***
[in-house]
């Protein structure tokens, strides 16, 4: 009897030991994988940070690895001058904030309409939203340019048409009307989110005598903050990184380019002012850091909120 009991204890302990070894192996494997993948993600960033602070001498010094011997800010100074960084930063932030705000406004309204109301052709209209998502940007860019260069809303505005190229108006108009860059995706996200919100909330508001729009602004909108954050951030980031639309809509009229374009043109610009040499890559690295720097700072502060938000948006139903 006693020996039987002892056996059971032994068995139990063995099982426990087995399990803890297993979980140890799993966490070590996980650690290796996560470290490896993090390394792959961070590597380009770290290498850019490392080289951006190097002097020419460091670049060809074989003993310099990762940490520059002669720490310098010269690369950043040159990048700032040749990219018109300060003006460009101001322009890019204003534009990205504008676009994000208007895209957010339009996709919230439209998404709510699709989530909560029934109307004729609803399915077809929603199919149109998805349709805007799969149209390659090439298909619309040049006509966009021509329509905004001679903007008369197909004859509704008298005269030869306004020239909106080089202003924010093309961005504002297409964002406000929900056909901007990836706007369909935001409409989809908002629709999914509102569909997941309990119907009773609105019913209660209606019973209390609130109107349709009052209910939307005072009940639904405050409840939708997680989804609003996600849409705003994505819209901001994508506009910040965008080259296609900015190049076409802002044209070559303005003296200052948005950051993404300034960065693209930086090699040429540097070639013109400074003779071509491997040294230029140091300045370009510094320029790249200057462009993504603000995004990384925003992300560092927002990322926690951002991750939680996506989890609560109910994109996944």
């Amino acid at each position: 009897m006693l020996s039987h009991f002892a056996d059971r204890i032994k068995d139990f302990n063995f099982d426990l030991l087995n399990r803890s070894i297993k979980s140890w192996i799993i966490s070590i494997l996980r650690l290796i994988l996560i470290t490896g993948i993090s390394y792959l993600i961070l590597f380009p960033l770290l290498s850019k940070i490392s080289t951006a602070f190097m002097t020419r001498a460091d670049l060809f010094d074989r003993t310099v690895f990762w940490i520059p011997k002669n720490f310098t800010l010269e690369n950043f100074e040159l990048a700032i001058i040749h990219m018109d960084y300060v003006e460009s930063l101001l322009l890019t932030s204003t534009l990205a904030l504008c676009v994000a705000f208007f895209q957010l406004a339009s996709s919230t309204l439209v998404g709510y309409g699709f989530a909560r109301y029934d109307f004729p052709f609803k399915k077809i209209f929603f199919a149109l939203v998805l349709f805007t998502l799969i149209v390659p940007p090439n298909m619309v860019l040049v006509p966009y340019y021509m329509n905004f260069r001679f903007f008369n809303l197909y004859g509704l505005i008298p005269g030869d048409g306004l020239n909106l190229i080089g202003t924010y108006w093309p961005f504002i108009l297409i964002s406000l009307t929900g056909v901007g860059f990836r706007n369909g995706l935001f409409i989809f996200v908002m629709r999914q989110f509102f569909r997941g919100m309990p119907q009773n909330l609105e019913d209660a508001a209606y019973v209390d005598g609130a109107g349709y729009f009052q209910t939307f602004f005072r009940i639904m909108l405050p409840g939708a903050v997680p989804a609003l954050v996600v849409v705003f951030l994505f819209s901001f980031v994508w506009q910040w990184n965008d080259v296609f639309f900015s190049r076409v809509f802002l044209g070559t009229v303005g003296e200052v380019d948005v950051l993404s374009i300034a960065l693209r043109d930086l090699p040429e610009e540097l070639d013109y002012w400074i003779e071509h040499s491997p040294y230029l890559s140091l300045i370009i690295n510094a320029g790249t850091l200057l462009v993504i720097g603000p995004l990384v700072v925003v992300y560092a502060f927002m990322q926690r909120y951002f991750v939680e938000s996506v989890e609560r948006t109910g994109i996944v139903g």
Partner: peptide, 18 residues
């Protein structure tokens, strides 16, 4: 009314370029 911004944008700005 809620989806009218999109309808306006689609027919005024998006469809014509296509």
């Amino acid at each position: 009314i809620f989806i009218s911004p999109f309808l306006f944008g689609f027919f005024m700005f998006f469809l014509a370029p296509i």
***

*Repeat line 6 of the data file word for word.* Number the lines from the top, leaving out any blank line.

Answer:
């Amino acid at each position: 009314i809620f989806i009218s911004p999109f309808l306006f944008g689609f027919f005024m700005f998006f469809l014509a370029p296509i």